In the past weeks and months chapter and verse has been written on the 'bubble match' restrictions imposed on Chester and Wrexham derby clashes - much of it by myself.
But today was a sad day. It was the realisation of what we all knew was coming down the tracks ever since the restrictions to stop football fans going about their business like adults with common sense was introduced back in 2013.
For a Saturday lunch time kick off I arrived, as always, a good two hours before the game. Aside from the stewards getting their pre-match briefing it was deserted. Nothing new here, after all, who gets to a game two hours early?!
But then the time ticked on. By 11.30am it was still dead at the Racecourse apart from the odd hardy fan who trickled in. Then 11.45am came and the same was still true. I had to remind myself that I was still waiting for Wrexham v Chester, you know, one of British football's most keenly contested derbies.
The away end should have been packed, and it would have been had it not been for the bubble. Hats off to those 550 Blues fans who put up with the inflated cost and general nuisance of the whole thing. For many, as expected, the apathy created by the restrictions and the fact the game was live and direct on BT Sport was enough to abandon what would once have been the most important of pilgrimages in support of the Blues.
The Blues fans lifted the atmosphere when they came in, but even the Wrexham fans seemed weary of the whole saga. It felt like any regular season game that we experienced as a Football League club. You know, when fans used to come and watch the other team too. It was a case of just going through the motions.
The game itself was a pretty turgid affair and anyone neutral fan who thought they would dip their toes in the world of non-league football on BT Sport this afternoon will most likely have been switched off for good on that showing. But games like this happen. In derby clashes it is usually the fans who set the tone for the whole thing, and therein lies the problem.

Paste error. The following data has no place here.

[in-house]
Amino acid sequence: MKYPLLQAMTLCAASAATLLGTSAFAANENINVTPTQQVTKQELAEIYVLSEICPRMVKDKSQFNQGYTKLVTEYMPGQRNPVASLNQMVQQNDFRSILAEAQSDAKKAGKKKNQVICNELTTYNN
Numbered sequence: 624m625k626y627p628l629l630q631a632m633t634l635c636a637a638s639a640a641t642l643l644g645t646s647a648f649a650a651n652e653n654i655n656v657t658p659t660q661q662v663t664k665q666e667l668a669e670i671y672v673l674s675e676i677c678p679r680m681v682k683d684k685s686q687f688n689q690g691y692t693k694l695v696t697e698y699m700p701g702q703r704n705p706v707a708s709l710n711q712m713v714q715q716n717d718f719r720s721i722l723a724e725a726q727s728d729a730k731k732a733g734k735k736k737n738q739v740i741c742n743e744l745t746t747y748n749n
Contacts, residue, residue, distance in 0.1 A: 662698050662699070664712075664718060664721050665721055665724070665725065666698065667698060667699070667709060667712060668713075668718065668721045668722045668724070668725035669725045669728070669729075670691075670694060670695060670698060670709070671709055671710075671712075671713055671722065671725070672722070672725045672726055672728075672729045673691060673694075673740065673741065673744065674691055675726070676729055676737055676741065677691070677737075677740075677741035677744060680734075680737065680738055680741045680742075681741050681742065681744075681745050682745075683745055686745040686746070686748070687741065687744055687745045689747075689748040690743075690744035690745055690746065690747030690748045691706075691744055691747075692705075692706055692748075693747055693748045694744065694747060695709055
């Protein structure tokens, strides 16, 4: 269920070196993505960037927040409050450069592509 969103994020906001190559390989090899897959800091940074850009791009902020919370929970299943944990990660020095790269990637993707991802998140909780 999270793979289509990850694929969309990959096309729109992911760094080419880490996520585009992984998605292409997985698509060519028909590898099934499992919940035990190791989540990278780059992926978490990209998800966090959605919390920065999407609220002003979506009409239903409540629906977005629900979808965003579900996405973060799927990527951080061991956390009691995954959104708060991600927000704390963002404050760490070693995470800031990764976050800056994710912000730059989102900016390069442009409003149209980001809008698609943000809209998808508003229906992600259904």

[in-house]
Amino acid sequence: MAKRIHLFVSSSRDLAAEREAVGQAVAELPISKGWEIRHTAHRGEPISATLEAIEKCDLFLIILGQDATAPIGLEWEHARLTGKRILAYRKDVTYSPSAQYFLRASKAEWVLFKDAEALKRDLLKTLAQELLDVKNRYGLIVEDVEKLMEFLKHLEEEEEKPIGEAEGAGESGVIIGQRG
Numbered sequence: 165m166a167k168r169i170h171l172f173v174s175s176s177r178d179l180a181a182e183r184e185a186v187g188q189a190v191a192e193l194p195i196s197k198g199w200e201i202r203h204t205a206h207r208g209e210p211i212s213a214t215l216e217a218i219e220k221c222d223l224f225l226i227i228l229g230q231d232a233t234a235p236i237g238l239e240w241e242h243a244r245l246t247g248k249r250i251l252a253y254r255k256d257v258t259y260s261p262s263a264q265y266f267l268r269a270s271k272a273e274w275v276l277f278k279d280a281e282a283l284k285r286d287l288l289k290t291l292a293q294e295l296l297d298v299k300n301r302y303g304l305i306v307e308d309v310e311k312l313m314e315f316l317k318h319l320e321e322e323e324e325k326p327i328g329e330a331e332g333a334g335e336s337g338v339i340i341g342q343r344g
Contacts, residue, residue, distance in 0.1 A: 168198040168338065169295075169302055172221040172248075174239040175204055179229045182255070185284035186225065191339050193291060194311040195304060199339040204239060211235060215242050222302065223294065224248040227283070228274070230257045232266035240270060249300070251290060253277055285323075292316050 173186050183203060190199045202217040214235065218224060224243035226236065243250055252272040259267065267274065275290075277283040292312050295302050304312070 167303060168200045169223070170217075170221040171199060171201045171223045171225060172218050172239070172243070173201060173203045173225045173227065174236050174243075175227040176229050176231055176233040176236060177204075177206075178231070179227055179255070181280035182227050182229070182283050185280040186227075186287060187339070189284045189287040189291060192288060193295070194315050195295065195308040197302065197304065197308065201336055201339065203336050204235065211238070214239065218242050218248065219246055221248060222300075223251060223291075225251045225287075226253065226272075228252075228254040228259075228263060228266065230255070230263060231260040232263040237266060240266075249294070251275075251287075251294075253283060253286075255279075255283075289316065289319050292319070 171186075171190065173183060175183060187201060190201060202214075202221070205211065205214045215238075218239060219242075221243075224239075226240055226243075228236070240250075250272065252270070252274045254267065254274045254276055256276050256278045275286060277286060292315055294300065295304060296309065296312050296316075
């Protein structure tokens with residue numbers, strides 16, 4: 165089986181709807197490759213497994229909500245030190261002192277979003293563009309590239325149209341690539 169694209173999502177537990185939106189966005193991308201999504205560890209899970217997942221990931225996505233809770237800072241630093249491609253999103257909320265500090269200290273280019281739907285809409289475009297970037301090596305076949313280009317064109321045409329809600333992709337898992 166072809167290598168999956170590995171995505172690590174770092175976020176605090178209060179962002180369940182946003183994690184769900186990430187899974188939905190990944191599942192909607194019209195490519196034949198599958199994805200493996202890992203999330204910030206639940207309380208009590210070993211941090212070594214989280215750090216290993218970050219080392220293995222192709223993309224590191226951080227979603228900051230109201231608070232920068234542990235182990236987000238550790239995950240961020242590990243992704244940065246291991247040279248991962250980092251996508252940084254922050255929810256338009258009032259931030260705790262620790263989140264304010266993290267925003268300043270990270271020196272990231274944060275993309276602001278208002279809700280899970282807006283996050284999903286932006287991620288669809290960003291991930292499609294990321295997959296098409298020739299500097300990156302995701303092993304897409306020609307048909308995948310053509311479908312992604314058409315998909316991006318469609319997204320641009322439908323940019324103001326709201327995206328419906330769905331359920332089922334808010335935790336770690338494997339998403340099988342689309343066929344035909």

Wrexham were on a bad run and the Blues, although three unbeaten coming into the game, could have still used a real pick-me-up. The point is that prior form has no bearing on derby matches, it is all forgotten. All that matters is the 90 minutes ahead.
But the passion for this game for both sets of fans has been sucked out of this fixture. It no longer has the standing it once did and no doubt those in charge of making the call to make this a 'bubble match' in the first place are delighted.
The sound of the police helicopter up above the ground before kick-off suggested that criminals were on the loose in the area. There were no criminals here, though. Just dads, sons, mums and daughters bused to a football match under police escort as if they were public enemy no.1.
They may well lift the restrictions for next season's games but the damage has been done. Football in the lower leagues in English football needs games like Chester and Wrexham, especially with some of the plans the EFL have up their sleeve to further pander to the Premier League elite.
Fans have not only had their freedom taken away from them for this clash they have had the passion and desire that once fuelled it taken away too.
This game is now just a bind for too many. How has this been allowed to happen? I hope that this once proud game can rediscover all that made it so special in the past, but I fear that it may be too late.
And oh, yeah, there wasn't a hint of trouble today either. Who would have thought? Football fans behaving themselves.